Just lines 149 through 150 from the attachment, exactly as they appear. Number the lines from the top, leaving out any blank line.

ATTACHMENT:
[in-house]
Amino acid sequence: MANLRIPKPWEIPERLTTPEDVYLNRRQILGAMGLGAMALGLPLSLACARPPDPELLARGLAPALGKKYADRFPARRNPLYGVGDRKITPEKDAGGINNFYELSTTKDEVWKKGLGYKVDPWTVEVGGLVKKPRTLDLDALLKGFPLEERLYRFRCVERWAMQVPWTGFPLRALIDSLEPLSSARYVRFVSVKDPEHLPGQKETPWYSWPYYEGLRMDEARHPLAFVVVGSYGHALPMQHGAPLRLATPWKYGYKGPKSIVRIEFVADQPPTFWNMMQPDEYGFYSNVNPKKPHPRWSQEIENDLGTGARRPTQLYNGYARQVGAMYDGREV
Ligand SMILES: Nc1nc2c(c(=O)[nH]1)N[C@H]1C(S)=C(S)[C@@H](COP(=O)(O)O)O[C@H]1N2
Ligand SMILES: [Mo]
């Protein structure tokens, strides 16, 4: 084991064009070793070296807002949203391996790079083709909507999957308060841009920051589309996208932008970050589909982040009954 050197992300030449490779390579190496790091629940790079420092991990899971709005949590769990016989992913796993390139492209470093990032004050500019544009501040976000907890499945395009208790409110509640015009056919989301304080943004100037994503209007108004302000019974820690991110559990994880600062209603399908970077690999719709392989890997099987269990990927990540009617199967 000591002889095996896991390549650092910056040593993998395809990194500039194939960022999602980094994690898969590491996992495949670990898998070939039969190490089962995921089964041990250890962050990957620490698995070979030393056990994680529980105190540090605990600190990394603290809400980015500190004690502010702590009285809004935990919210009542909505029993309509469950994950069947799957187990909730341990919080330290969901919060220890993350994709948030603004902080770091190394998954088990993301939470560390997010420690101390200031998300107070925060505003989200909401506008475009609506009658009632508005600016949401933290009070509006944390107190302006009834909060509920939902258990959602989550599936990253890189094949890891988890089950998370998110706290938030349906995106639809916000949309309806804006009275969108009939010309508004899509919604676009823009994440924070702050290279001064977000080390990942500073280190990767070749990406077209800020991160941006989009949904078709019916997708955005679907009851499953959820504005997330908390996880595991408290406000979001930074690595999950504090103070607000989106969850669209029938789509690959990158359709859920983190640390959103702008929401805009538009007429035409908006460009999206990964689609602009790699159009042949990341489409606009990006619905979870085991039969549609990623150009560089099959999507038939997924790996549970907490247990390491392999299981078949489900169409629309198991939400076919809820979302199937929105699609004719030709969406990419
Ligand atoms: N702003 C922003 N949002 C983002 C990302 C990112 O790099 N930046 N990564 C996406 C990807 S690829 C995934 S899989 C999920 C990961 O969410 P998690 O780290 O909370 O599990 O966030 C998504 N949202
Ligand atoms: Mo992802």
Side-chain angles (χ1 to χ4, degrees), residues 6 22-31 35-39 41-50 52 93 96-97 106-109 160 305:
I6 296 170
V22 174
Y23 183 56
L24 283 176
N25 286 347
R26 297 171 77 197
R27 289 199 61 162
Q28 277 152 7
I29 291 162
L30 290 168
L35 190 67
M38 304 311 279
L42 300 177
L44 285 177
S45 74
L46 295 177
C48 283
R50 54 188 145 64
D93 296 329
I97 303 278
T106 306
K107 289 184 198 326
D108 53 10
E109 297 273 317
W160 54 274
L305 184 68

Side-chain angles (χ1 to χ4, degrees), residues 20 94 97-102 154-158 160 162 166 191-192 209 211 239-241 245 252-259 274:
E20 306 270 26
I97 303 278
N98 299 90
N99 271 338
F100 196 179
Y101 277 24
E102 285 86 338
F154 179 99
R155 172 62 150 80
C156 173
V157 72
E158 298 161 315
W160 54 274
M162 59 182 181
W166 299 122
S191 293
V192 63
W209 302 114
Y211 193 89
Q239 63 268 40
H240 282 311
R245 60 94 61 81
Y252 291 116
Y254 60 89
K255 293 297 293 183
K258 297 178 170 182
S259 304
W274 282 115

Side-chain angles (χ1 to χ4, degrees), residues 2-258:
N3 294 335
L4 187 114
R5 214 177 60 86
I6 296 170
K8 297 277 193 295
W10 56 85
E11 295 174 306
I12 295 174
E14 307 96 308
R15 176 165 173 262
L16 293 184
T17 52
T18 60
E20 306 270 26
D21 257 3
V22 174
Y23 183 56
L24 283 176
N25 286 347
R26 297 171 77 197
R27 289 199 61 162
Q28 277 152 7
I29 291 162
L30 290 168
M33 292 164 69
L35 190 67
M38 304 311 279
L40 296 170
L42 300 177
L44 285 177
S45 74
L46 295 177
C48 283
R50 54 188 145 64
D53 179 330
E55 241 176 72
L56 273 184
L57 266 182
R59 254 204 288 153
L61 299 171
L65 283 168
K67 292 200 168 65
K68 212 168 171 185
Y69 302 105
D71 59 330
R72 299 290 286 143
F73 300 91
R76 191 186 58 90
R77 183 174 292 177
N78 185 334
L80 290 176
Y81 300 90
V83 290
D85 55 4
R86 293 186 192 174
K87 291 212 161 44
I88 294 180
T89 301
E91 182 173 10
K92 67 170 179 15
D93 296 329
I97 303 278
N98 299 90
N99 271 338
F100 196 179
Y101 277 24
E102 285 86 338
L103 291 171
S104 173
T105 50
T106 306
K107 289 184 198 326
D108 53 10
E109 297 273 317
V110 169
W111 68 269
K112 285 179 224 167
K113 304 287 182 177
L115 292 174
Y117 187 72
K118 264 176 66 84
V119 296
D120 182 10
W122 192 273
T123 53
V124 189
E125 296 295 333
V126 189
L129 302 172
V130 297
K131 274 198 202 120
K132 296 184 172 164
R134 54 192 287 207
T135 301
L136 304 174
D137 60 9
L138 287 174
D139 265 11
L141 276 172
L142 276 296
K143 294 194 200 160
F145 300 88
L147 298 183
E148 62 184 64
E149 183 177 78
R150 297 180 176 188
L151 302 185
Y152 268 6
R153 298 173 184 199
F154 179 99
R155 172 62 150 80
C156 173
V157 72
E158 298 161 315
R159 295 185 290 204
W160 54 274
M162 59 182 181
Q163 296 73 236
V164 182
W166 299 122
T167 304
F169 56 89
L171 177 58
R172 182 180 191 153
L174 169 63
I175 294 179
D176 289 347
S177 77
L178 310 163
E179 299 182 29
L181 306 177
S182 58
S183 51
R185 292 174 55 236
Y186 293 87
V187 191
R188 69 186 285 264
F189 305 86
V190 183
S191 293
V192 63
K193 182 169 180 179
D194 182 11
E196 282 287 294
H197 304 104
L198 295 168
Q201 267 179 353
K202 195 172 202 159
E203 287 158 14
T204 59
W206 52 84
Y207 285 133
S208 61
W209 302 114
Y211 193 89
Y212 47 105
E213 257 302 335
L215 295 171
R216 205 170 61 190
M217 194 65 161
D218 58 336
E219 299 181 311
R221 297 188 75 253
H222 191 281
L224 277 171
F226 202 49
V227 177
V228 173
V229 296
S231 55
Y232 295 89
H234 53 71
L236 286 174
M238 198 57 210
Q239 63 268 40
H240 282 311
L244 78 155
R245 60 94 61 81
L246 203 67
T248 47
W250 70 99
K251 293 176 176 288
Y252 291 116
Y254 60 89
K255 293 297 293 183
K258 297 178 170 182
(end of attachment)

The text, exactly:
T123 53
V124 189